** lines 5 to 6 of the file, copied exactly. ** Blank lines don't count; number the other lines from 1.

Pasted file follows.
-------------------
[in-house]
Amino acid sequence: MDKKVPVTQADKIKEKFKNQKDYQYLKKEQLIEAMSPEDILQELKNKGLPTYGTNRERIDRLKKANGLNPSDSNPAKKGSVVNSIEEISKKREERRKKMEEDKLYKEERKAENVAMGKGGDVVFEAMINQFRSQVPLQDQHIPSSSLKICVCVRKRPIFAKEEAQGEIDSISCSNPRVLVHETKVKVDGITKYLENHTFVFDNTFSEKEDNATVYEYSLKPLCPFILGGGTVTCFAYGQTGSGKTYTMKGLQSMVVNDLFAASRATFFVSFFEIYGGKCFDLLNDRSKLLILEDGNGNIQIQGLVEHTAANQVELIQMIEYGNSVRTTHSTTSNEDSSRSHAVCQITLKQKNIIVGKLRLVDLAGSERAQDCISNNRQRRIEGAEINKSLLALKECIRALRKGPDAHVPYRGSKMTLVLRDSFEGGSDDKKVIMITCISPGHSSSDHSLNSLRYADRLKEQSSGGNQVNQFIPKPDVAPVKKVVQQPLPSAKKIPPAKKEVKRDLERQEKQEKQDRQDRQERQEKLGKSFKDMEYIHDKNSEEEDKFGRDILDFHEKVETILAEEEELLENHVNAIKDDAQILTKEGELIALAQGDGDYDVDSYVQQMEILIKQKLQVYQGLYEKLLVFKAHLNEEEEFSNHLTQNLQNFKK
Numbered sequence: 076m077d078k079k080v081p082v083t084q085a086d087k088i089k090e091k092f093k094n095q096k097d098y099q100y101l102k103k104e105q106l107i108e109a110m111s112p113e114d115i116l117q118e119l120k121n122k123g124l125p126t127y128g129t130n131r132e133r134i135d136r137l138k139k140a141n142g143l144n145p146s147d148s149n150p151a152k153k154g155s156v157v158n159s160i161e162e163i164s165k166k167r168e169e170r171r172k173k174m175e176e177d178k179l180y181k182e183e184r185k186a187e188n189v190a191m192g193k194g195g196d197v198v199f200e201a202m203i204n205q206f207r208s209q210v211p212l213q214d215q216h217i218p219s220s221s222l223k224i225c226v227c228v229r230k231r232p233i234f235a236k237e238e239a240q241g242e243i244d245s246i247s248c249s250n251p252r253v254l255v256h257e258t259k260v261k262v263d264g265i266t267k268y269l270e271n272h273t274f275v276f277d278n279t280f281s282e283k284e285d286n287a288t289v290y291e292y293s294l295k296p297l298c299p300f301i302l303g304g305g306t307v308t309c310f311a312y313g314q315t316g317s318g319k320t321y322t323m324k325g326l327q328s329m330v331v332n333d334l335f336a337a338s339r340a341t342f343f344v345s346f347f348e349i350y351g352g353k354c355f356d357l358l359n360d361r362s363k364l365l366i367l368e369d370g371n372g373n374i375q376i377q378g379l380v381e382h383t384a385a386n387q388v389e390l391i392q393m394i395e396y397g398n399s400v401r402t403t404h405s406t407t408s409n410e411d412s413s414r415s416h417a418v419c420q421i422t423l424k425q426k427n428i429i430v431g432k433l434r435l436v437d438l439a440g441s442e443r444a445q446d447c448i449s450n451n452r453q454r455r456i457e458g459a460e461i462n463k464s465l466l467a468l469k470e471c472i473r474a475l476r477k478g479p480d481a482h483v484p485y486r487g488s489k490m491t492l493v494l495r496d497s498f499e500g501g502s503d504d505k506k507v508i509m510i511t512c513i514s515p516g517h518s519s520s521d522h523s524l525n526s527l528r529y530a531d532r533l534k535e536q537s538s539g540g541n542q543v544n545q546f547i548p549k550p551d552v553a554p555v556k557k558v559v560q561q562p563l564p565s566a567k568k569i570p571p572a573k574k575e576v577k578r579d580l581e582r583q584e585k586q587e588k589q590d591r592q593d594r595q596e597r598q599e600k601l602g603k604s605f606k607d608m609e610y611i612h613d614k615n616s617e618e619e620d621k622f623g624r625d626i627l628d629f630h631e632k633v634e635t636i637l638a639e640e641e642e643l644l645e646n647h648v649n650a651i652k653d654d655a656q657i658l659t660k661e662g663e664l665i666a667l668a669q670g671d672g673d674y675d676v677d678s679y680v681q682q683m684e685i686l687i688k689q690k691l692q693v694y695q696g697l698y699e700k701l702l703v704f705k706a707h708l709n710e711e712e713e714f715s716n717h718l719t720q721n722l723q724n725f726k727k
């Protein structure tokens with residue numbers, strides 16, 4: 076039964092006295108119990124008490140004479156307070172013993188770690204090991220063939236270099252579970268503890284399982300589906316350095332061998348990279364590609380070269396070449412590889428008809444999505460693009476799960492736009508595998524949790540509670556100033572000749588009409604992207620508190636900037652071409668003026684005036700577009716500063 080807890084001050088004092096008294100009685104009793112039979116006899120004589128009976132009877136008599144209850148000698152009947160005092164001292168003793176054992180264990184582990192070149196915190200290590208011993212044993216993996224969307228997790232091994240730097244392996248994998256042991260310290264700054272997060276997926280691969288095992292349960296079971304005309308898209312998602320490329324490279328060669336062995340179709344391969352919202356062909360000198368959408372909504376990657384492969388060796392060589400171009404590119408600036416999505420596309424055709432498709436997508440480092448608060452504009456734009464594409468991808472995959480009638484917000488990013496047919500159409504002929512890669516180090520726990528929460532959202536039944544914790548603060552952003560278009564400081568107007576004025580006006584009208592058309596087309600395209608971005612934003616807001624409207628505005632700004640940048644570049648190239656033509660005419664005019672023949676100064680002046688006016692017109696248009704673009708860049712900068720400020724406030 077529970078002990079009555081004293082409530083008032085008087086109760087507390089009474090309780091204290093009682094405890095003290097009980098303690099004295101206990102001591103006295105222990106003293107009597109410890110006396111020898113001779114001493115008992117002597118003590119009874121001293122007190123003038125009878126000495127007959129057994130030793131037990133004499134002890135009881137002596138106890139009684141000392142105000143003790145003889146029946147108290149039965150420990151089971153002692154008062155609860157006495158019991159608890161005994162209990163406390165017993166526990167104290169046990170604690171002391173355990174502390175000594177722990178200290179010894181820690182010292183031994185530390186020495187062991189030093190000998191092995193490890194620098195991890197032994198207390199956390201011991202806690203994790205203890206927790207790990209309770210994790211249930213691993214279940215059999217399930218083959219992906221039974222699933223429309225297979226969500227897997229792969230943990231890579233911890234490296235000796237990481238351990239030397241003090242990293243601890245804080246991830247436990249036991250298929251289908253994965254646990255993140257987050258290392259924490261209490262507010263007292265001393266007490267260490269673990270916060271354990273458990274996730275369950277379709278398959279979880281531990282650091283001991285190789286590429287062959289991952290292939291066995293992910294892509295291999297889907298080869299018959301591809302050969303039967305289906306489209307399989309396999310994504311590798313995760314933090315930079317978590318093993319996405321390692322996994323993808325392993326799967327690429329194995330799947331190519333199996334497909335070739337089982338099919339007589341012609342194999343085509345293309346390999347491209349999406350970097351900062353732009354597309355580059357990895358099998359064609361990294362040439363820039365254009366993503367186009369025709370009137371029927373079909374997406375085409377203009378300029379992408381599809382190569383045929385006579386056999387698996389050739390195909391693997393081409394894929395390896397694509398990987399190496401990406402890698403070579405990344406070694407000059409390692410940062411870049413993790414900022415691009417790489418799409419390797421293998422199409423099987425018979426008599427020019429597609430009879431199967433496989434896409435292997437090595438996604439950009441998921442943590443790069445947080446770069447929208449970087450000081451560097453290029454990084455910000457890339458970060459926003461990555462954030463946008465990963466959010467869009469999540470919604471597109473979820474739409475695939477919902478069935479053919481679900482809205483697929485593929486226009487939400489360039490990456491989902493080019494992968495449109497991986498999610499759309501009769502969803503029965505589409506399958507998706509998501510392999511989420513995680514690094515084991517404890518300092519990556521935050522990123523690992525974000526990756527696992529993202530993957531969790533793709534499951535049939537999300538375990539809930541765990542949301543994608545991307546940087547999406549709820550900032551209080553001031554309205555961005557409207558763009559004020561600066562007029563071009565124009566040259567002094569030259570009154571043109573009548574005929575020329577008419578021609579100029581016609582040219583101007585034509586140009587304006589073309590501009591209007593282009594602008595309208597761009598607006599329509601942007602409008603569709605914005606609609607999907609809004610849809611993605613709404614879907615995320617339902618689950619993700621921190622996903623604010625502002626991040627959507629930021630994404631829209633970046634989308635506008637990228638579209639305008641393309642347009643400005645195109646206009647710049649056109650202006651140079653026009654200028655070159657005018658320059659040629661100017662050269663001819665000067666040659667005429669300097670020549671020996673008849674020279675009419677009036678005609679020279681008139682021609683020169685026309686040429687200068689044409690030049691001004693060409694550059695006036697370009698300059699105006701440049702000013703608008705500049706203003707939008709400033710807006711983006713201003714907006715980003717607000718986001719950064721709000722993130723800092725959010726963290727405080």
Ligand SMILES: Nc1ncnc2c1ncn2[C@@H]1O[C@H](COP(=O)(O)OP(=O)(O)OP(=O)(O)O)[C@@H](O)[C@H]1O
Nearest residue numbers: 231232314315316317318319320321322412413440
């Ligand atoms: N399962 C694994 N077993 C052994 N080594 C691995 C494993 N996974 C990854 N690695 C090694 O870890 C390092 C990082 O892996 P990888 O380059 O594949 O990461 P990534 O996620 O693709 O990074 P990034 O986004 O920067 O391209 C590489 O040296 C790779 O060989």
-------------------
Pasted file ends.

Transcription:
Ligand SMILES: Nc1ncnc2c1ncn2[C@@H]1O[C@H](COP(=O)(O)OP(=O)(O)OP(=O)(O)O)[C@@H](O)[C@H]1O
Nearest residue numbers: 231232314315316317318319320321322412413440